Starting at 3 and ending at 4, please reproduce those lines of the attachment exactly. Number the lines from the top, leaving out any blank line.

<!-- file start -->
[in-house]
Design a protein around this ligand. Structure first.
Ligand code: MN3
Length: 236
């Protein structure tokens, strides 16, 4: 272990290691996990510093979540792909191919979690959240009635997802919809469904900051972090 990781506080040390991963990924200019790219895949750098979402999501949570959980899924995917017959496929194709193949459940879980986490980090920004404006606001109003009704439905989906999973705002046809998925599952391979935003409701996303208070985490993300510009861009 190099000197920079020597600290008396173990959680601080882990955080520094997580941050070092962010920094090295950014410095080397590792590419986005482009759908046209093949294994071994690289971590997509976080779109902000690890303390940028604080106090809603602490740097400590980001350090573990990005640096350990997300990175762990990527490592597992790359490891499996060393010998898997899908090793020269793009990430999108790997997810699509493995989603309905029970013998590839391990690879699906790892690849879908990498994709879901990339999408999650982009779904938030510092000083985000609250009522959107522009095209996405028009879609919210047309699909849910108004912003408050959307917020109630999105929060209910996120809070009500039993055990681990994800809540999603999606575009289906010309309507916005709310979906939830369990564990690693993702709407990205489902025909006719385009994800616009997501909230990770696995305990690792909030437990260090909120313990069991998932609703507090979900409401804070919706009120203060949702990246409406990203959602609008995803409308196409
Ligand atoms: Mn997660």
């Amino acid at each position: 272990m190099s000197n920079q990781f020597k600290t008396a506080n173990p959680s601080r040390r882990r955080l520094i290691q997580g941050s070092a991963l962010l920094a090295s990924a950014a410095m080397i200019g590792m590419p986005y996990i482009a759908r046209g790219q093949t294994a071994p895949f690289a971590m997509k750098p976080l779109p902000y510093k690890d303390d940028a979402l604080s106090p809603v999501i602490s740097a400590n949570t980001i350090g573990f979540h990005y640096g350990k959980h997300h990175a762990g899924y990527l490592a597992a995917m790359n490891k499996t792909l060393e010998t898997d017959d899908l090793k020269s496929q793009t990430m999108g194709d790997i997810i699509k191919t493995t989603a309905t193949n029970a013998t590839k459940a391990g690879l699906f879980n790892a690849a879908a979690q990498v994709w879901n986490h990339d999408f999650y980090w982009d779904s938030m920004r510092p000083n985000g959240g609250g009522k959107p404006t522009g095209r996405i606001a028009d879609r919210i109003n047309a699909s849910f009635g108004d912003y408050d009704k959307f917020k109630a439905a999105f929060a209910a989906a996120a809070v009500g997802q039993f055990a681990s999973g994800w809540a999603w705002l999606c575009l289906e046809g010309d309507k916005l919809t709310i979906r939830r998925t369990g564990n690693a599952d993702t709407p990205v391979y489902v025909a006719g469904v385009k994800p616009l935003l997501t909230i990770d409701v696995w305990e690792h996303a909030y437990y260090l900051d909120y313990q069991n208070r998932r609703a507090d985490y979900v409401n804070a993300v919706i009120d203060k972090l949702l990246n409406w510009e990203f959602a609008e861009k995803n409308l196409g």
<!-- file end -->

Ligand code: MN3
Length: 236